In March 2022, I got Covid, and the recovery I had built up in the previous months was gone. Being a fighter, I believed I could start rebuilding everything until summer when we had a vacation planned. Panic set in when the news reported massive crowds and chaos at the check-in desk and customs at Amsterdam’s airport. As we were scheduled to fly to Spain for our holiday, I didn’t know how I would manage the airport craziness, given my inability to stand or walk for extended periods.

Disability acceptance journey of a woman being diagnosed with Multiple SclerosisGiven the circumstances, I decided to rent a wheelchair, but my partner suggested that it might be better to rent a rollator instead. I felt that a rollator wouldn’t be convenient for me since I could only walk with it. However, the wheelchair available for rent was old-fashioned, so my partner took it upon himself to search online and discovered the Rollz Motion. In his opinion, it was exactly what I needed: a combination of a walker and a wheelchair. Moreover, it looked nice and modern.

The decision was made, and we got the Rollz Motion. I still didn’t want it, but I accepted it because my partner was supportive. Something shifted in my mindset – a kind of peace settled in, and I was no longer stressed. No stress at Schiphol, no stress about going on vacation. The first time I used it in public was at Schiphol, and it felt awkward to sit in it, yet wonderful. We rushed to the check-in desk and smoothly passed through customs. Even the children were delighted, asking if they could sit down occasionally, and I would push them.

Acceptance is the key

I used the Rollz Motion extensively during that vacation and no longer felt ashamed. The children adapted to it quickly, seeing it mainly as a positive thing, while my partner felt less at ease. Accepting Multiple Sclerosis was not just my struggle; it also affected my partner. Disability doesn’t impact only the person diagnosed; it affects the entire family, and everyone experiences it in their own way.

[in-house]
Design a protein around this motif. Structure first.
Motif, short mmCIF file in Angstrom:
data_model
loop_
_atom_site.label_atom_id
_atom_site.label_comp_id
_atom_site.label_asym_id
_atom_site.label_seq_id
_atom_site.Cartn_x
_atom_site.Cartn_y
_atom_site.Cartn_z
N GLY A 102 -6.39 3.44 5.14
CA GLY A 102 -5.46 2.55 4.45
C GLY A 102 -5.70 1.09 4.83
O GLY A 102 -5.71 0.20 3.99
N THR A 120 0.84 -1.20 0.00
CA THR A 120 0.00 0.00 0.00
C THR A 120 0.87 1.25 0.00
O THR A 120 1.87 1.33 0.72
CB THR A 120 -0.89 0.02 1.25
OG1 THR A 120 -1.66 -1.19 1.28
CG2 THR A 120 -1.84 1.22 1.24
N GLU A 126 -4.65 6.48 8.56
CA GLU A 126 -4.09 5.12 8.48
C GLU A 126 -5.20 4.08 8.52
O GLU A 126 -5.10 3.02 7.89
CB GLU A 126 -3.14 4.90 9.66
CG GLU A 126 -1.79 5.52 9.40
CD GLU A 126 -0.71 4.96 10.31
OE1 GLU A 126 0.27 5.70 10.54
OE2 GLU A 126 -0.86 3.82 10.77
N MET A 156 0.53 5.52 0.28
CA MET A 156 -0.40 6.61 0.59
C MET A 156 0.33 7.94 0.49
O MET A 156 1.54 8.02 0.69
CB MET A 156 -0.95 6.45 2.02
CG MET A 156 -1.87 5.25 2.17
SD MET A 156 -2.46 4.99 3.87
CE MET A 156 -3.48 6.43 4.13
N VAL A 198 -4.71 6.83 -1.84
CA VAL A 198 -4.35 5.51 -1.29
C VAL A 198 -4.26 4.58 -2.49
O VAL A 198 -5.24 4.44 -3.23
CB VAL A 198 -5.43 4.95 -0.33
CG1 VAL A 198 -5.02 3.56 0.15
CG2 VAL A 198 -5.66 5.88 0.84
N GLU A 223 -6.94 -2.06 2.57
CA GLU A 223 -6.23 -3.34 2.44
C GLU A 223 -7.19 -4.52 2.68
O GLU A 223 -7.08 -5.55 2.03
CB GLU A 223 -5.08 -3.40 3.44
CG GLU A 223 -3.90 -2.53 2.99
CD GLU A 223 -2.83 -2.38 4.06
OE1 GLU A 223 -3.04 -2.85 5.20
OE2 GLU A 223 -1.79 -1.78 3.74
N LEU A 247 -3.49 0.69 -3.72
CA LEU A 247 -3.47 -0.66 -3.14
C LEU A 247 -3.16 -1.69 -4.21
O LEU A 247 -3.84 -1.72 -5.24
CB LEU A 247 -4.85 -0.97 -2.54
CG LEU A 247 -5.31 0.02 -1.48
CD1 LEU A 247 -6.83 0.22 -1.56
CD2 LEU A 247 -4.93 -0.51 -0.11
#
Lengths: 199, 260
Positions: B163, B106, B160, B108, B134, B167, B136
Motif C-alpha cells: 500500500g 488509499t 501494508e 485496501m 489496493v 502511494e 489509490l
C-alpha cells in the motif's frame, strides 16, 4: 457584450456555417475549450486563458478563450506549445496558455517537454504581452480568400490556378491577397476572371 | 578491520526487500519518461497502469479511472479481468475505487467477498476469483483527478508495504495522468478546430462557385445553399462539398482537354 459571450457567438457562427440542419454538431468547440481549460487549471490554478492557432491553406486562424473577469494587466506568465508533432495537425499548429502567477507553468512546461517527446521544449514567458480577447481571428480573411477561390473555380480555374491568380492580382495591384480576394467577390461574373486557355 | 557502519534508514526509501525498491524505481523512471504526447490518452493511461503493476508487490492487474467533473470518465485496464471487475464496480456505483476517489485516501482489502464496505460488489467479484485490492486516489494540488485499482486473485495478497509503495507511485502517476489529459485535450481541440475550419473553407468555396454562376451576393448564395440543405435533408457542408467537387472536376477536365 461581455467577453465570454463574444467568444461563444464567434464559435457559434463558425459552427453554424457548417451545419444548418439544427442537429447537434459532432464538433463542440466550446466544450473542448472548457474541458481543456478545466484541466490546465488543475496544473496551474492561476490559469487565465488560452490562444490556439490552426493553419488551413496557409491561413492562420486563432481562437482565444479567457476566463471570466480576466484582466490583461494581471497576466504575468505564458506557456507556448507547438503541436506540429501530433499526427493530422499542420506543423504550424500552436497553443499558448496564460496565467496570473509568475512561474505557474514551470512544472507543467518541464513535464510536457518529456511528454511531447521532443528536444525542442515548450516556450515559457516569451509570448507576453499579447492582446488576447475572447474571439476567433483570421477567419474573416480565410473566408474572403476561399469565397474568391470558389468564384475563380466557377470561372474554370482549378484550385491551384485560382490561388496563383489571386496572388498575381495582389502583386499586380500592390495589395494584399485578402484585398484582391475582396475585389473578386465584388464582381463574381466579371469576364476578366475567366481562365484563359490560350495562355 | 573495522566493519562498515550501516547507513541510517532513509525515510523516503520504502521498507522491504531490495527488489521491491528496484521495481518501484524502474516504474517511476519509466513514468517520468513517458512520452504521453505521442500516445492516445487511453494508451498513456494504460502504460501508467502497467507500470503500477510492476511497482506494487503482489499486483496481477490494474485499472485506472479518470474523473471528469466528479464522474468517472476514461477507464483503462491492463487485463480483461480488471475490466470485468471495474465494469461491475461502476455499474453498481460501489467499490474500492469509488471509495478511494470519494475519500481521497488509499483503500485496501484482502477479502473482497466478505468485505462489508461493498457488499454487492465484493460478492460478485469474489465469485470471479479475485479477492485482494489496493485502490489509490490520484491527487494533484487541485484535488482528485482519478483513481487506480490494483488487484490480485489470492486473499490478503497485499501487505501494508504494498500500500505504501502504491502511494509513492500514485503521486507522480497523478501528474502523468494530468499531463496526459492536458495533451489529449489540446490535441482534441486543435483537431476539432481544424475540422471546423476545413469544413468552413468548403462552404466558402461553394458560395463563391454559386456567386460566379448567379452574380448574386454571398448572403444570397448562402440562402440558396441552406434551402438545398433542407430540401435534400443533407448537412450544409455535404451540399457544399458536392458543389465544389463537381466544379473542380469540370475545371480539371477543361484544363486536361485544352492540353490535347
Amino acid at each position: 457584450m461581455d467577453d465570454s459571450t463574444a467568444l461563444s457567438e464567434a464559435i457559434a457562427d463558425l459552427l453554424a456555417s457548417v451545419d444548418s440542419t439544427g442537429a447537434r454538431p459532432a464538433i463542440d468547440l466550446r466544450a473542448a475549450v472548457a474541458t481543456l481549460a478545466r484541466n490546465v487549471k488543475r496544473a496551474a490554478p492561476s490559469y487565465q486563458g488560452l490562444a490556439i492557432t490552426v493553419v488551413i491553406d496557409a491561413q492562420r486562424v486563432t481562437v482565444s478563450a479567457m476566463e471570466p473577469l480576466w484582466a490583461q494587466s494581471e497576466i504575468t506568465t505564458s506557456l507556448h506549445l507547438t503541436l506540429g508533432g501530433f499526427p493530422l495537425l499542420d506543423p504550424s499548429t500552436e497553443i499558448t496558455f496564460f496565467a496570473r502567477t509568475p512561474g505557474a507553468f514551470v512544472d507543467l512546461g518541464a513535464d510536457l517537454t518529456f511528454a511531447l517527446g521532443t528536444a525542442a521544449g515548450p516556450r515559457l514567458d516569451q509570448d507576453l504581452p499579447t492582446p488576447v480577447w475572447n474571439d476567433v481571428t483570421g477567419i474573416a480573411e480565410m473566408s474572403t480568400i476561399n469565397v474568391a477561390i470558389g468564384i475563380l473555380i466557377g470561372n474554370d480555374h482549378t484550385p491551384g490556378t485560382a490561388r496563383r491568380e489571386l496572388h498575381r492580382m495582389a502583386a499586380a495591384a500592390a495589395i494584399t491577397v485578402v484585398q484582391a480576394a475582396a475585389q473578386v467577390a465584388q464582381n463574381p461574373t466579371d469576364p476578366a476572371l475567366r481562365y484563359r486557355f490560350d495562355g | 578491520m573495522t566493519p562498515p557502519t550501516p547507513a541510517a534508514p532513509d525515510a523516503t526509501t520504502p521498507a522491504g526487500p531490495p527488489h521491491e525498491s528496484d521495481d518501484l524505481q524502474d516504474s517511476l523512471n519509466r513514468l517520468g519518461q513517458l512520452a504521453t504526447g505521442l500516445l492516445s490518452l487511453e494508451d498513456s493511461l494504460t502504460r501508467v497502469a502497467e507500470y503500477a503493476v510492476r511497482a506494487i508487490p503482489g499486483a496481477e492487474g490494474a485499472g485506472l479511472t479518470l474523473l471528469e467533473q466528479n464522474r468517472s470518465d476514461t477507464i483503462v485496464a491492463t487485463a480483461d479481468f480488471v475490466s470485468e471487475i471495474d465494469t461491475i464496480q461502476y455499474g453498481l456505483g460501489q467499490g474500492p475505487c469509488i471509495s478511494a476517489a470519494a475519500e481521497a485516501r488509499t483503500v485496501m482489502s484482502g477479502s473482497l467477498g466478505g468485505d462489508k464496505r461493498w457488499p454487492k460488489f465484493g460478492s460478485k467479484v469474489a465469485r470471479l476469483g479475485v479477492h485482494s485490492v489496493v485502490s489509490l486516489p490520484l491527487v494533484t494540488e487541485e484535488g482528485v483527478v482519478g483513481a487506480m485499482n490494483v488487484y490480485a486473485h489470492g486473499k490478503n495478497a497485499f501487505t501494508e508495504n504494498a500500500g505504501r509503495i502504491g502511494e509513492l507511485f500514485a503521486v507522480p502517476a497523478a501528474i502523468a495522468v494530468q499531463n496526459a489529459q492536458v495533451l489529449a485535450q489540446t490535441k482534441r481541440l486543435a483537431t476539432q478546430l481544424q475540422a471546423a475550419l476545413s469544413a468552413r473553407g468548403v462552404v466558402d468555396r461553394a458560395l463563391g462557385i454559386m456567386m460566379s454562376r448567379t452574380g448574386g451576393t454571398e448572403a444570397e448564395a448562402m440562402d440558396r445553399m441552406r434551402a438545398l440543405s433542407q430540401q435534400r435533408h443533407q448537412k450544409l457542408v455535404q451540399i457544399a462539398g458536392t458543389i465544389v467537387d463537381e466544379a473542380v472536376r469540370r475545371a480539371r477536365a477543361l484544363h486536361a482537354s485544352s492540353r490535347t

The sense of shame for using the rollator resurfaced when I had to visit my psychologist. I cried all the way from the parking lot to the hospital, overwhelmed by embarrassment. Being young with a disability, it felt like a personal failure. Upon arriving, I was angry and pushed my rollator aside. To my surprise, my psychologist smiled and expressed how proud she was of me. It took five years, but I finally embraced the use of a rollator. We discussed why I felt ashamed and why it seemed like a failure, even though it wasn’t.

You don’t have to face a chronic illness or diagnosis alone; the whole family has to deal with it. What is very difficult for the person to accept is also difficult for their partner. The partner sees their spouse change, not only physically but also mentally. Unfortunately, my husband and I are no longer together because he chose to leave. In retrospect, I now understand why the GP and specialist always asked how he was doing. You do not experience a chronic illness or diagnosis alone.

My advice is that when you receive a diagnosis, you should immediately seek therapy with a psychologist for the entire family. It may not seem necessary, but it can be crucial. Keep talking to each other, express how you feel, and share what it means to you. Communication is very important in this situation.

Those who need mobility aids must undergo a process of accepting the disease, their disability and recognizing the benefits aids can provide. Looking back, I now wish I had accepted this much sooner. They provide me with so much energy, enabling me to engage in enjoyable activities, be there for my children, and eliminate obstacles in my way.

Now, with several tools at home, I can confidently say that I’ve turned the initial shame I felt about disability and using aids into a source of pride. I openly acknowledge to the world that I use tools, and I am transparent about the fact that not every day is the same for me.

It might sound cliché, but if only I had accepted aids earlier, it would have saved me energy and reduced stress. Stress is detrimental to recovery and only worsens your health. Interestingly, after undergoing training to accept my illness, I have now become an experienced consultant on chronic illness and work.

I’m doing well… one step at a time.

Mariska van der Goot